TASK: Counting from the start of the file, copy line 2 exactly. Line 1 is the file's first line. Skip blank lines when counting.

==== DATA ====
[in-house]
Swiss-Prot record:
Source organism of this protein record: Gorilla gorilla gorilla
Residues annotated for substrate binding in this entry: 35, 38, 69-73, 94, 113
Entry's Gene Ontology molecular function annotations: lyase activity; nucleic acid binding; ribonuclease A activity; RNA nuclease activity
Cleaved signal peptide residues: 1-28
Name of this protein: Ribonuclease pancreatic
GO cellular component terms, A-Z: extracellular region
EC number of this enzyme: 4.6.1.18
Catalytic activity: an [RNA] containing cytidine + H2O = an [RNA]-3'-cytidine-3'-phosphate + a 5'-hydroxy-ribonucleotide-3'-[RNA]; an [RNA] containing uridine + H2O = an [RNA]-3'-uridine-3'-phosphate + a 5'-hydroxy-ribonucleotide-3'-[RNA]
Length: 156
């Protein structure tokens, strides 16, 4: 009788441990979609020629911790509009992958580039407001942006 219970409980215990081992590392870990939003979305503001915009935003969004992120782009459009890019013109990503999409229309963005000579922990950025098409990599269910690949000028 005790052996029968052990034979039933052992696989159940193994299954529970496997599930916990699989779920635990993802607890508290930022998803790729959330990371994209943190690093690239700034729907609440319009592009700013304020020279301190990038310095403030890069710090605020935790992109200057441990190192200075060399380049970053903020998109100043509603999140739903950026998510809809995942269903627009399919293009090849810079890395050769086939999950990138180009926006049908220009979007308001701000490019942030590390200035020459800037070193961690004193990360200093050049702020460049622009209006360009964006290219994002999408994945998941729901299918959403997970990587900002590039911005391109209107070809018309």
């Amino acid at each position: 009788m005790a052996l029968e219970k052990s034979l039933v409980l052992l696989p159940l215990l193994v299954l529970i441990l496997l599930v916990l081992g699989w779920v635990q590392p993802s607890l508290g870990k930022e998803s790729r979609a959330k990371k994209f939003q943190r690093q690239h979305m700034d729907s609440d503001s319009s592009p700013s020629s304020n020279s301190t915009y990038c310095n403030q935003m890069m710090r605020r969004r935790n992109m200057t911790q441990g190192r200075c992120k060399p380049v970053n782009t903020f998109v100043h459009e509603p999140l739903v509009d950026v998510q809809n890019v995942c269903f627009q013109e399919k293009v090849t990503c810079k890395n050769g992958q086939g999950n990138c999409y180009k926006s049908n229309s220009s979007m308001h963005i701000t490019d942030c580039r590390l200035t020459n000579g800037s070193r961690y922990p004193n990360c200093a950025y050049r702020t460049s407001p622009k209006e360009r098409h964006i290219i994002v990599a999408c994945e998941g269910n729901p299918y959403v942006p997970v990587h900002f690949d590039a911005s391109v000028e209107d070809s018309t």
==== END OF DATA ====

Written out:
Swiss-Prot record: